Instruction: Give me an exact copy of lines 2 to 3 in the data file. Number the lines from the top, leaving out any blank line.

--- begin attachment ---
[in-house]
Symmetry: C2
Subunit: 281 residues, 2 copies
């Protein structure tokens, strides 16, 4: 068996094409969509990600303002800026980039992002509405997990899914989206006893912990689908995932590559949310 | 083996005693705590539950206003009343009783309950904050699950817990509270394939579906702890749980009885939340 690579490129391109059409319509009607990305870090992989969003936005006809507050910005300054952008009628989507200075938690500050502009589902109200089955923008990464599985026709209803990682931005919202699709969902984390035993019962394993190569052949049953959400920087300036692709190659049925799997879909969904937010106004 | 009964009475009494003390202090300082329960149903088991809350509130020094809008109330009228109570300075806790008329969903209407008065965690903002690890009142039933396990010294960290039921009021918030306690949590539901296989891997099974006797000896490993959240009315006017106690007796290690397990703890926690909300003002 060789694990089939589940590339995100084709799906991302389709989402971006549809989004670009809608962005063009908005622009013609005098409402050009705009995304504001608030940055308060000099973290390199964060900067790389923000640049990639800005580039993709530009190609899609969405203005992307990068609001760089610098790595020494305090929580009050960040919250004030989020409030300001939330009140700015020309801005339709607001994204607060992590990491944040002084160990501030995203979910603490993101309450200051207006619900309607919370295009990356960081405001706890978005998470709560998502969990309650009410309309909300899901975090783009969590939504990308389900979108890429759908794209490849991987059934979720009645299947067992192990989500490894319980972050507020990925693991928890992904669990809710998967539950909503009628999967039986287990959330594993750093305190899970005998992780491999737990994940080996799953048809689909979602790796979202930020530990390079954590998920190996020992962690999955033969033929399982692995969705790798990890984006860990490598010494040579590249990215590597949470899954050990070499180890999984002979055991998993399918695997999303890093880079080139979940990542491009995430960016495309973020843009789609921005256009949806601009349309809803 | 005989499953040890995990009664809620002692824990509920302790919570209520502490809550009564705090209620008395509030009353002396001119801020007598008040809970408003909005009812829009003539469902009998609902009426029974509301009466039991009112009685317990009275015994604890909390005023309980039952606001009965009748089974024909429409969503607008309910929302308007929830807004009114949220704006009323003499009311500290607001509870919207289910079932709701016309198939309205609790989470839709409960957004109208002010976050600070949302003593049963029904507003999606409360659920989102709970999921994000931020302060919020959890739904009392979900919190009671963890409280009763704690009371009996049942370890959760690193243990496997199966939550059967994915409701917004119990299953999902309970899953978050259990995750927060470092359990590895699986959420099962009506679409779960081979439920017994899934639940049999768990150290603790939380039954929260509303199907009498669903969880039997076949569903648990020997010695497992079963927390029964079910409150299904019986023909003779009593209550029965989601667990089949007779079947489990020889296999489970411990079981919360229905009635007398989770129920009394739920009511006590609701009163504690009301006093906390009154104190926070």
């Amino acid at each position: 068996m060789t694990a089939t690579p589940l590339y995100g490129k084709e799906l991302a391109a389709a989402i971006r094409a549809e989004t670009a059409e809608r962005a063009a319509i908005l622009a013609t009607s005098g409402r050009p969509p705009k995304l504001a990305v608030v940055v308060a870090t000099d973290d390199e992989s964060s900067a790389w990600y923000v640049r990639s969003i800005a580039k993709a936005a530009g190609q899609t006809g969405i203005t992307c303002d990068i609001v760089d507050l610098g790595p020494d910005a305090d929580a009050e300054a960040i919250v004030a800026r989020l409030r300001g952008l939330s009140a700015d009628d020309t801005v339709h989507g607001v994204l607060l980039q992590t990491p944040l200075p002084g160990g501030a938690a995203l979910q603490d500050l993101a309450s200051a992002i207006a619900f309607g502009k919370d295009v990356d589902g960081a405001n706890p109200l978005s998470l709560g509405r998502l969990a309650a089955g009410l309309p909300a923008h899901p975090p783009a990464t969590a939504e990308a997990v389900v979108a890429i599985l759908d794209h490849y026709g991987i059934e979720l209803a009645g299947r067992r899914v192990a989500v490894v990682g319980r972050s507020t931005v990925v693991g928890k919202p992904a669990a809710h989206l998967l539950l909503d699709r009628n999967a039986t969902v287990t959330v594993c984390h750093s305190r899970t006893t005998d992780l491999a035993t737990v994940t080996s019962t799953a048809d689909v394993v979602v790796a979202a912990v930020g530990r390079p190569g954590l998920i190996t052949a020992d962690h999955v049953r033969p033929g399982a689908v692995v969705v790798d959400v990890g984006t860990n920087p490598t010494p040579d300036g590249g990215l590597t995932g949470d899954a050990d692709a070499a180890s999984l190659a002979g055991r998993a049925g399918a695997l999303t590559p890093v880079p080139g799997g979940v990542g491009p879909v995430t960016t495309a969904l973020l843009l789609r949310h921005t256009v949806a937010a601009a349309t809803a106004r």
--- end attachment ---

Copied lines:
Symmetry: C2
Subunit: 281 residues, 2 copies